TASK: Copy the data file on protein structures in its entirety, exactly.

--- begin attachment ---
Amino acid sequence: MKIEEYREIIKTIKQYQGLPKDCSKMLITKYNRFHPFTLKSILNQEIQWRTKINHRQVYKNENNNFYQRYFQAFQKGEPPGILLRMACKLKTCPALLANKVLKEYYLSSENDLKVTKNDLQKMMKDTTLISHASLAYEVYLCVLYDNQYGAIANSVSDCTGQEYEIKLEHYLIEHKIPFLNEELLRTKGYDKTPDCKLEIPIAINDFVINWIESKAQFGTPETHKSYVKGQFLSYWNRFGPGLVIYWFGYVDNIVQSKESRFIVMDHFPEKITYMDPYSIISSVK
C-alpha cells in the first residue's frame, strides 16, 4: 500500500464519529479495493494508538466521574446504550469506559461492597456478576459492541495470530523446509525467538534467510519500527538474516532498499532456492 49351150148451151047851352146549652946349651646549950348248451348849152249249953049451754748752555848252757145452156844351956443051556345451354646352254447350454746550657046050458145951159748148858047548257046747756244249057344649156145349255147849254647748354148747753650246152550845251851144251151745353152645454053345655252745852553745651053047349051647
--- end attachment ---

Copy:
Amino acid sequence: MKIEEYREIIKTIKQYQGLPKDCSKMLITKYNRFHPFTLKSILNQEIQWRTKINHRQVYKNENNNFYQRYFQAFQKGEPPGILLRMACKLKTCPALLANKVLKEYYLSSENDLKVTKNDLQKMMKDTTLISHASLAYEVYLCVLYDNQYGAIANSVSDCTGQEYEIKLEHYLIEHKIPFLNEELLRTKGYDKTPDCKLEIPIAINDFVINWIESKAQFGTPETHKSYVKGQFLSYWNRFGPGLVIYWFGYVDNIVQSKESRFIVMDHFPEKITYMDPYSIISSVK
C-alpha cells in the first residue's frame, strides 16, 4: 500500500464519529479495493494508538466521574446504550469506559461492597456478576459492541495470530523446509525467538534467510519500527538474516532498499532456492 49351150148451151047851352146549652946349651646549950348248451348849152249249953049451754748752555848252757145452156844351956443051556345451354646352254447350454746550657046050458145951159748148858047548257046747756244249057344649156145349255147849254647748354148747753650246152550845251851144251151745353152645454053345655252745852553745651053047349051647